4 Min Read
BARCELONA (Reuters) - Israel withdrew an invitation to motor racing chief Max Mosley on Friday in a further setback to his efforts to overcome the sex scandal threatening his job.
International Automobile Federation (FIA) president Mosley, who has ignored calls to resign since the scandal broke last month, had met Israeli Sports Minister Galeb Magadla at the Jordan Rally.
"During the meeting between the two in Jordan, the subject of FIA support of Israeli motor sports, which is in its first stages, was raised, and a proposal was made that the FIA will follow the development of the sport in Israel," Magadla's spokesman said in a statement.
"The minister, who was not aware of the current scandal, emphasises that the invitation was not a personal invitation to Mr. Mosley, but an invitation for the entire federation, as an international body," he added.
"After the issue was raised with the minister, he asked to immediately halt any formal invitation to Mr. Mosley until the minister returns to Israel."
Mosley's visit to Jordan was his first official appearance in public since the British Sunday tabloid News of the World splashed details of what it said was a sado-masochistic Nazi-style orgy with prostitutes dressed as concentration camp prisoners.
Mosley, whose father Oswald was the founder of the pre-World War Two British Union of Fascists, has denied any Nazi connotations to the affair.
Israel marks the Yom Hashoah Holocaust Remembrance Day on Wednesday next week.
The FIA said in a statement it was grateful for the original invitation and understood the circumstances in which it was withdrawn.
"I fully understand the minister's position and look forward to resuming contact with him when the News of the World's deliberate and calculated lies have been comprehensively refuted," it quoted Mosley as saying.
Mosley is suing the News of the World for unlimited damages but the newspaper has repeatedly said it stands by its story.
He has not attended any Formula One race since the scandal broke but he denied on Friday that he was deliberately steering clear of the high profile sport and said he would be at next month's Monaco Grand Prix.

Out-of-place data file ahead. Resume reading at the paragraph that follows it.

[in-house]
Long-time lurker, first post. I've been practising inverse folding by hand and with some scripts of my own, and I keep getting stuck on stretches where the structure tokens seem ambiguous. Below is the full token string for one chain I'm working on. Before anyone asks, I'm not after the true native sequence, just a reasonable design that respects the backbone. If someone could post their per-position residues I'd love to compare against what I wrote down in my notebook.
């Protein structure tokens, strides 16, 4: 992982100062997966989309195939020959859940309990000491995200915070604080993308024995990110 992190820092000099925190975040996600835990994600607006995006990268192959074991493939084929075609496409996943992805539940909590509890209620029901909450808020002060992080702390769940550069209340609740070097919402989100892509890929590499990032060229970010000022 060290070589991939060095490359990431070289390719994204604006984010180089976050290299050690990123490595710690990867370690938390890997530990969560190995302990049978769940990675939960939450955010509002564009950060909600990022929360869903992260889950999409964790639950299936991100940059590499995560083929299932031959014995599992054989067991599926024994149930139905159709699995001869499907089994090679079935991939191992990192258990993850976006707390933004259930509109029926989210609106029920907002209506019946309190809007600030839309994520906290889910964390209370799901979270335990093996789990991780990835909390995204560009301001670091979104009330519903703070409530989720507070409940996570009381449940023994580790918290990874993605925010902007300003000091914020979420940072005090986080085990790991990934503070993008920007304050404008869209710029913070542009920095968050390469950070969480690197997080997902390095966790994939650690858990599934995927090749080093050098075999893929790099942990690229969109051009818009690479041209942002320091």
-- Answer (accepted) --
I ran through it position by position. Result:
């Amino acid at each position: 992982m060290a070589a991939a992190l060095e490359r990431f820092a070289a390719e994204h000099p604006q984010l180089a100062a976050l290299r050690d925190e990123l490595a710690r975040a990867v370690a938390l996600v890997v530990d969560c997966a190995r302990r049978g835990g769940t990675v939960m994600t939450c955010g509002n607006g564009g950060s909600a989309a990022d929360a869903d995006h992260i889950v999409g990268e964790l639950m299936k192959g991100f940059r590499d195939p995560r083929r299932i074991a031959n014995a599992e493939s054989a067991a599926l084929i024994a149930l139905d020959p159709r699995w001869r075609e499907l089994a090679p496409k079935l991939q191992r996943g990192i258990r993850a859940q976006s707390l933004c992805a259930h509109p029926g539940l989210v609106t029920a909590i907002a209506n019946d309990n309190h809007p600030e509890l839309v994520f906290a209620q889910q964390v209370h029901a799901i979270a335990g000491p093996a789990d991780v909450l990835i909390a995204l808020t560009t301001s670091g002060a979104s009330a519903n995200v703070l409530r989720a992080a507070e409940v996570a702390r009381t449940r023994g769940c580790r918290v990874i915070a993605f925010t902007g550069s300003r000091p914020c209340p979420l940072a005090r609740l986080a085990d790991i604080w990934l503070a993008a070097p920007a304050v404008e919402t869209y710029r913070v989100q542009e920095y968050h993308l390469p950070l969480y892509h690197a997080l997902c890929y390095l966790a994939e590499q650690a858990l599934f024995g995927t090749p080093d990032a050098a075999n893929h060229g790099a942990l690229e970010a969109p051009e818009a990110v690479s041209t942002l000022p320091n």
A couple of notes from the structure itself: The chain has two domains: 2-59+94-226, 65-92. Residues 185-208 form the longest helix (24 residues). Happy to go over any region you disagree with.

"I will be going to the Monaco Grand Prix. I live there," the 68-year-old told the Autosport Web site in Jordan, whose rally clashes with this weekend's Spanish Grand Prix.
Spain is the first race of the season in Europe, where the FIA launched an anti-racism campaign without him on Thursday.
Mosley stayed away from the Bahrain Grand Prix on April 6, with that country's rulers making clear his presence would not be welcome.
While some critics suggested Mosley's absence from the Circuit de Catalunya was to avoid any potential embarrassment to the King of Spain, Mosley said he had never planned to attend.
He also hit back at reports he had been snubbed in Jordan, despite his invitation by the Crown Prince Feisal Al Hussein.
"I was invited to Jordan by the Prince and I accepted. For national newspapers to be writing that I had been snubbed by the King of Jordan is completely dishonest. I was never supposed to meet him. It was never in the programme -- so how can that be a snub?" he said.
While former champions, several major car manufacturers and some FIA members have called for him to resign, Mosley has refused to quit.
He faces a vote of confidence by secret ballot at an FIA general assembly in Paris on June 3, nine days after the Monaco Grand Prix -- the social highlight of the Formula One season.
The next race after Spain is Turkey on May 11.
(Additional reporting by Avida Landau in Jerusalem)
Editing by Miles Evans and Ken Ferris